Piran – journey to the Slovenian city of salt baths

Slovenia. Castles and not only. Part 9. Piran

Every journey has a beginning and an end. So my journey through Slovenia has come to an end. There were bright impressions from trips to Bled and Postojna, I have visited some cities and castles of Slovenia. But at the end of the trip I wanted to see something fundamentally different from what I have seen. And there is such a place in Slovenia. After all, this small and beautiful country has also access to the sea. Seashore of Slovenia is very small – just 47 kilometers. But this small coastline was enough for it to find room for the port city of Koper and three resort cities: Portoroz, Piran and Izola. And I really wanted to see the sea on the last day of my trip. My choice fell on Piran, which is rightly called the pearl of the Slovenian coast. All I had to do was to type the name of this city in any search engine and click on “pictures”. Two or three pictures were enough to understand that it really is a beautiful city. So I wanted to see the city with my own eyes, especially from above (half of the photos that can be seen in search engines, the city is shown as a top). I will not bore everyone with a dry text of the story, just show you how the city looks from one of the points (as it turned out to see the city from above, you can not just from one place). No one has canceled the well-known rule: better to see once than hear a hundred times. The central square of Piran looks like this from the observation deck of St. George’s church bell tower

To get to Piran by public transport is not difficult – between Ljubljana and Piran runs a relatively frequent bus (distance – 140 kilometers, travel time – just over two and a half hours, the fare – 12 euros). This is the same bus that I took to Postojna. From the bus window you can admire the Slovenian nature, so the road will not be tedious. And at 10:40 am I was already at the bus station in Piran. The bus station is located directly on the coast, right near the entrance to the historic part of town. The distance between the bus station and the central square is exactly half a kilometer. After getting off the bus, I took out my tablet to look at a map of the city and discovered that I had forgotten to load the map. I had to correct this oversight – maps should always be handy. It was no problem – there’s a cafe with free Wi-Fi next to the bus station. I went into the cafe, took a freshly squeezed orange juice, asked for the password to the Wi-Fi, and downloaded the map to my tablet. So to speak, I combined the pleasant (I love this kind of juice) with the useful. Leaving the cafe, immediately you find yourself at the yacht port of Piran (or as they are called – the marina).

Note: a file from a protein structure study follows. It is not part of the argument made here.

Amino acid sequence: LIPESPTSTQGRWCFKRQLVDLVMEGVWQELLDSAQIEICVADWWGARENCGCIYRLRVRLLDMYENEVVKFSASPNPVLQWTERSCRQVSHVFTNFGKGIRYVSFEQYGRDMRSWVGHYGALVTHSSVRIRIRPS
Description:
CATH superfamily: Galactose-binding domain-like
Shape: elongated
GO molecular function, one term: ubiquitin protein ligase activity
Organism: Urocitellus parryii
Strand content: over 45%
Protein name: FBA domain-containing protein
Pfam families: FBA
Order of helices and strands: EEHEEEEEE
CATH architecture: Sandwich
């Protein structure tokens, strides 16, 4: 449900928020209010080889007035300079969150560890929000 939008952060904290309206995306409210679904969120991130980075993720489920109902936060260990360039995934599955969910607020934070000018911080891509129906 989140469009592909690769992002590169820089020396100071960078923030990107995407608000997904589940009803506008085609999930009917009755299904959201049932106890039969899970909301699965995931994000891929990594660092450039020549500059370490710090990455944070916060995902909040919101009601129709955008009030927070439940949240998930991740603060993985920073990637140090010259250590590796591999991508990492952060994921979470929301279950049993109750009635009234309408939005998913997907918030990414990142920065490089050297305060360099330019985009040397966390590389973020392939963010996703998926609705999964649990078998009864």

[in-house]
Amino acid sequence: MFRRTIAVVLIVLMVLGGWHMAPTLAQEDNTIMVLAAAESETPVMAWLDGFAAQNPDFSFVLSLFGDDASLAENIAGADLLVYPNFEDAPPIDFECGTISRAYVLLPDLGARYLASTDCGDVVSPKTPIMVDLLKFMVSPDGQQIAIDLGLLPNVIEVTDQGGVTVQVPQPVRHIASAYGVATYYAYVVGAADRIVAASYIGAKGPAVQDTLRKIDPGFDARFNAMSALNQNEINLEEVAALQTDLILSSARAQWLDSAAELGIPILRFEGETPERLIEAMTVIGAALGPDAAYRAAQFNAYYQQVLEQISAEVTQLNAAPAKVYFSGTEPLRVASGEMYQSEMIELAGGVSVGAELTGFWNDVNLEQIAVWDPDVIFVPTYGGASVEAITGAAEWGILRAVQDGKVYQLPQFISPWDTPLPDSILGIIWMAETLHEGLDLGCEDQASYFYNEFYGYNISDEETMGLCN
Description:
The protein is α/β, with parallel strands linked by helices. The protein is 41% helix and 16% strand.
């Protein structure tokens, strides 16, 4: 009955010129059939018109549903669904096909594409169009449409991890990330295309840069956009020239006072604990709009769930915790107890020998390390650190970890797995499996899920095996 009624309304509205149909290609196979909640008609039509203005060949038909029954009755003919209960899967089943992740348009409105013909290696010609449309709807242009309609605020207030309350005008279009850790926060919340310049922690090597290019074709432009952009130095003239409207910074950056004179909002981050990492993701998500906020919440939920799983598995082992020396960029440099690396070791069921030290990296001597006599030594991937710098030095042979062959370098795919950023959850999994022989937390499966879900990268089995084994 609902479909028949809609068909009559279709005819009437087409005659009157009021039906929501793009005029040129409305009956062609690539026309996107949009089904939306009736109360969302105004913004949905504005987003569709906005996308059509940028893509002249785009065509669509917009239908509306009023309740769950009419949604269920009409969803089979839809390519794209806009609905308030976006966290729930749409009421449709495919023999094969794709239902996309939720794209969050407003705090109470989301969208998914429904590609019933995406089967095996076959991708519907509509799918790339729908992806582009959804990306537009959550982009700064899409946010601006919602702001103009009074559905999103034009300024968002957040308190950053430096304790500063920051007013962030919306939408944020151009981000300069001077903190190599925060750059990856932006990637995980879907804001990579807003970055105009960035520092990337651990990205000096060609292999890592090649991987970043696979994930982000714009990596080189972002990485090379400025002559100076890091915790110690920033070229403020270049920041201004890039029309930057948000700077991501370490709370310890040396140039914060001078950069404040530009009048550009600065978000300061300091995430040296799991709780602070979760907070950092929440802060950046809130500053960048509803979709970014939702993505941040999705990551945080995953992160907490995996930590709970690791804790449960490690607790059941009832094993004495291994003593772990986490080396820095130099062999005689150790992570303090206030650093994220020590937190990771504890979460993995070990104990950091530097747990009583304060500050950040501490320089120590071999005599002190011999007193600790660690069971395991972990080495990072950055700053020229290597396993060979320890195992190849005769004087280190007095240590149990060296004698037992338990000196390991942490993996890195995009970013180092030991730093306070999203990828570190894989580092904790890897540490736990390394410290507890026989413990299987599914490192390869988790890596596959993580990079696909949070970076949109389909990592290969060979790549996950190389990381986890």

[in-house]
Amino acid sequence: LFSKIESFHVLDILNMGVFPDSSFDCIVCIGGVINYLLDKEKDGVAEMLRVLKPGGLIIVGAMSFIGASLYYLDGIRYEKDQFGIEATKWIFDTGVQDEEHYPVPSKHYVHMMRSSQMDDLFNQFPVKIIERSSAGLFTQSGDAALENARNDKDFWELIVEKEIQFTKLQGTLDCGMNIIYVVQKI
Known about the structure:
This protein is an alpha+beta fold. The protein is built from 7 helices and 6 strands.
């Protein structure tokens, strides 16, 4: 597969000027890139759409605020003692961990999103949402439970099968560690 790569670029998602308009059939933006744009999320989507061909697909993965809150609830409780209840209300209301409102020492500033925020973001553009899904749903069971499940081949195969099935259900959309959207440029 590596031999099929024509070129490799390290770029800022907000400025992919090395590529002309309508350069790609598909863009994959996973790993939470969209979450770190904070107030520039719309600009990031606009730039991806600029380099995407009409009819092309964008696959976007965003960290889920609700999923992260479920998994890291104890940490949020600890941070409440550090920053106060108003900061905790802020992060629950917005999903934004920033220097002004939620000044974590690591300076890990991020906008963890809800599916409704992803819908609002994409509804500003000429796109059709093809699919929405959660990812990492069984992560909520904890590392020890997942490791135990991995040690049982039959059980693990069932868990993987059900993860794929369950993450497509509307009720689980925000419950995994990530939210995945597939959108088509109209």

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I admired the clear water of the Adriatic Sea, small fish and other marine life… and headed towards the center. After walking a little more than a hundred meters from the beginning of the marina, I saw this diver

It turned out that this diver was standing near the entrance to the Submariners’ Museum (4.5 euros), which I visited. Frankly speaking, I was glad when I saw this museum. The thing is that in Piran there is a Maritime Museum and I love these museums… But the thing is that I was in Piran on Monday and the Maritime Museum, to my great regret, was closed on that day. And here I saw the Submarine Museum and, of course, I was glad to be able to visit it. But… the museum turned out to be a little too “no fanaticism.” That’s what I call museums that take an hour and a half to visit. It took me no more than fifteen minutes to see the Submarine Museum. And then, after the museum, again, after walking a little over a hundred meters towards the central square, I saw this sign with the name of the street.